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Where does your baby sleep?

Reducing the risks of cot death

A cot in your room is the safest place for your baby to sleep in their first six months. Keep the cot tidy and do not use plastic sheets. Babies can overheat, so try to keep the room between 16-20°C. Do not use duvets, quilts or pillows until your baby is one year old, and never use hot water bottles or electric blankets. Always position your baby in the ‘Feet to Foot’ position, with their feet at the foot of the cot so they can’t move down inside their blanket.

Unless a health professional has told you to do something different, always put your baby to sleep on its back. Never let your baby fall asleep propped up on a cushion, on a sofa or chair, and don’t let anyone fall asleep while nursing your baby.

Remember – keep the house smoke free.

See the FSID website  for more information on safe sleeping arrangements for babies.

Health visitor says

The safest place for your baby to sleep for the first six months of life is in a cot (both during the day as well as at night) in your room.  If you decide to take a baby into your bed, make sure you have not taken any medicine, drugs or alcohol that may make you sleep more heavily than usual and remember, they face a bigger health risk if you or your partner is a smoker.  Sleeping next to you your baby will be warmer anyway, so they may get too hot.  Taking your baby into your bed is never risk free.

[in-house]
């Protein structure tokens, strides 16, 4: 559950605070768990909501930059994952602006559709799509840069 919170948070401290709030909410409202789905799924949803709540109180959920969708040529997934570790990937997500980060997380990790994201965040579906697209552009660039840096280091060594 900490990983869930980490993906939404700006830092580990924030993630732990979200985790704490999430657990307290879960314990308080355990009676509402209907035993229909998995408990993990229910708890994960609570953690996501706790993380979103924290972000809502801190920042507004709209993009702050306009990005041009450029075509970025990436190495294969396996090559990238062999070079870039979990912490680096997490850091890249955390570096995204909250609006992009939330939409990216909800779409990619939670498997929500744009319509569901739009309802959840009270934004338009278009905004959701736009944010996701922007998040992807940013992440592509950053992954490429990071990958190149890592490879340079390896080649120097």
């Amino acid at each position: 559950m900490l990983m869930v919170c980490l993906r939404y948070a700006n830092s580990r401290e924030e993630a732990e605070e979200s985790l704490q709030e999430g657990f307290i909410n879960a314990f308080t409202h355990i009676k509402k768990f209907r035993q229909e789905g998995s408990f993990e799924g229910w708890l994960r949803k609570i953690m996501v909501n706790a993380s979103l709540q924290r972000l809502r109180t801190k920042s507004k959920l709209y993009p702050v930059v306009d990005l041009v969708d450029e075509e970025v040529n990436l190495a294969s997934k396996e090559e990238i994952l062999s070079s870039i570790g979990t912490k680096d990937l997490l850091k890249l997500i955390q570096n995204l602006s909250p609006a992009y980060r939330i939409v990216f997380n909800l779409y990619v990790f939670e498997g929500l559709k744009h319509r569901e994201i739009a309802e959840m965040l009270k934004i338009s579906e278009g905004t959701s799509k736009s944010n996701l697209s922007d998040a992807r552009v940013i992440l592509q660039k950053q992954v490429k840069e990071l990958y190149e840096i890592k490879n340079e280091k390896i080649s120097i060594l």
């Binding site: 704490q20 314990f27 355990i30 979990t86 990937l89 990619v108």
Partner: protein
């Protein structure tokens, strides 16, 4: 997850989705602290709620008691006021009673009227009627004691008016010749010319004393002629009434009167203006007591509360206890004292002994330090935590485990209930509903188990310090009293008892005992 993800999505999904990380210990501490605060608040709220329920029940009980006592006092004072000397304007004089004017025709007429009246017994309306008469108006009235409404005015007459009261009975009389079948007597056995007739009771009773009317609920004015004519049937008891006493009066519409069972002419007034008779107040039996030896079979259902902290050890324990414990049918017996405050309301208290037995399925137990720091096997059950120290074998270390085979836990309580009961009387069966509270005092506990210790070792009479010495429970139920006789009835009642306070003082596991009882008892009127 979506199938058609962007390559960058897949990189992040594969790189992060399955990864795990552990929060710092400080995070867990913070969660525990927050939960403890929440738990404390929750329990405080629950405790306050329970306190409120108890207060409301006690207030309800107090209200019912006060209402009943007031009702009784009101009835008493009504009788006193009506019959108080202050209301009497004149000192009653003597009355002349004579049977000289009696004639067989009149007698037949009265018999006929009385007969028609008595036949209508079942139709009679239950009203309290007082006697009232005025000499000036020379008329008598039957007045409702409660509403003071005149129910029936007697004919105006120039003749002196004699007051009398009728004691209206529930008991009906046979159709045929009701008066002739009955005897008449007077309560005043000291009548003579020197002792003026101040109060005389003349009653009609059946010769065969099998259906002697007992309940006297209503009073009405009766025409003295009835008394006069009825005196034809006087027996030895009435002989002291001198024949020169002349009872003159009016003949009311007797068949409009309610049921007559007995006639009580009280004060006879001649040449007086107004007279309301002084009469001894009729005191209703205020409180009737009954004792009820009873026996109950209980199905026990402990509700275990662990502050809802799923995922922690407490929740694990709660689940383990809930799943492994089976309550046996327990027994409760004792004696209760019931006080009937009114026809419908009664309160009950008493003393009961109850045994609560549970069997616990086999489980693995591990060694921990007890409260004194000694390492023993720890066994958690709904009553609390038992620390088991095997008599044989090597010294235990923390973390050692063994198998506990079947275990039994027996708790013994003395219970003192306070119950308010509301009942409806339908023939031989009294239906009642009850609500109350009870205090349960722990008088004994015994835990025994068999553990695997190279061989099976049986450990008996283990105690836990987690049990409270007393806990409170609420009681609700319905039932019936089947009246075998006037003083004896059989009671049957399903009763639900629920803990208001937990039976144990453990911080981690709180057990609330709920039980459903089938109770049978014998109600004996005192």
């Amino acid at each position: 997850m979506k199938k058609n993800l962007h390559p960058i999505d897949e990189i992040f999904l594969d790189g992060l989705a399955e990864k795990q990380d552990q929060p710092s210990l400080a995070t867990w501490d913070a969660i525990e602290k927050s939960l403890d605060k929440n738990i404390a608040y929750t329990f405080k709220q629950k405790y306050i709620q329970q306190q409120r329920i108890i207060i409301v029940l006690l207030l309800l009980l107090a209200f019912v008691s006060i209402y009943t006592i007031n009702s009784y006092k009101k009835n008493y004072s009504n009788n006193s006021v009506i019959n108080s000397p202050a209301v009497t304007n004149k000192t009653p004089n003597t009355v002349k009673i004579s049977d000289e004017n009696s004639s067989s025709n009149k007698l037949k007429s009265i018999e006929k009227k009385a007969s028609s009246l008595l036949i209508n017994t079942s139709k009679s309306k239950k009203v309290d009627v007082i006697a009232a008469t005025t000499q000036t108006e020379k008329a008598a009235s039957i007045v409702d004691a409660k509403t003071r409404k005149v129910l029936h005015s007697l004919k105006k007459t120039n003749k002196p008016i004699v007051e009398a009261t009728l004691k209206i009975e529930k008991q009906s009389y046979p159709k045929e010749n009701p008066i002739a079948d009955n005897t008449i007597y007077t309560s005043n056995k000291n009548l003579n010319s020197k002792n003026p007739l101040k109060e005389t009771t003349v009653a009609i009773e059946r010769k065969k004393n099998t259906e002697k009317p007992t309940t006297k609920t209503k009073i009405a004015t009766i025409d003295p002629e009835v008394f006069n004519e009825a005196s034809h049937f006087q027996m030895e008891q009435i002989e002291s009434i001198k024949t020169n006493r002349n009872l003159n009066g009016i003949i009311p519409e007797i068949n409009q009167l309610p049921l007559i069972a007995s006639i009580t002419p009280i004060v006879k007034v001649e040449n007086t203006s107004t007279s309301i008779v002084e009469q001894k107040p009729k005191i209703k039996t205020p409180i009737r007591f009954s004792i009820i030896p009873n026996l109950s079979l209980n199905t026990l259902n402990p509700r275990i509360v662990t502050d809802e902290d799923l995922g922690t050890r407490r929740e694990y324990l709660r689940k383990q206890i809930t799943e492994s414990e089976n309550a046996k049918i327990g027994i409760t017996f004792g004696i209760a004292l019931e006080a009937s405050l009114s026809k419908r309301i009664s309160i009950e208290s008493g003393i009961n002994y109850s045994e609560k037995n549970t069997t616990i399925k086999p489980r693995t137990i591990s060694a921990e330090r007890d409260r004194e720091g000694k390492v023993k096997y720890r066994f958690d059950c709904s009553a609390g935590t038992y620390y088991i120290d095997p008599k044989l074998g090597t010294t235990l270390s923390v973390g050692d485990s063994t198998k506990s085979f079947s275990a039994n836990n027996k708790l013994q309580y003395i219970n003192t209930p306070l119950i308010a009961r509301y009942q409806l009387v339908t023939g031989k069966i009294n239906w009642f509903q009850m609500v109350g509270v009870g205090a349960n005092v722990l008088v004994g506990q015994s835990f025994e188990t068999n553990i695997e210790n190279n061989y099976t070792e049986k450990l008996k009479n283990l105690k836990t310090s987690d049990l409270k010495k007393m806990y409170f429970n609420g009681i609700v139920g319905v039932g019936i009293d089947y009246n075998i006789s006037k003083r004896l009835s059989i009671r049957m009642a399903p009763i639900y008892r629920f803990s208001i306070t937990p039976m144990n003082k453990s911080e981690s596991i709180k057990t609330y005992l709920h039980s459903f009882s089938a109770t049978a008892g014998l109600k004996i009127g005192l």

For further advice or support you could speak to your health visitor or doctor or contact the Foundation for the Study of Infant Death (FSID) 0808 802 6868


Always put your baby to sleep in the ‘Back to Sleep’ and ‘Feet to Foot’ position.


Babies aren’t good at keeping their temperature constant, so make sure they don’t get too hot or too cold.


Keep your baby’s cot in your room for the first six months.

If you are worried contact NHS Direct, your health visitor or your surgery.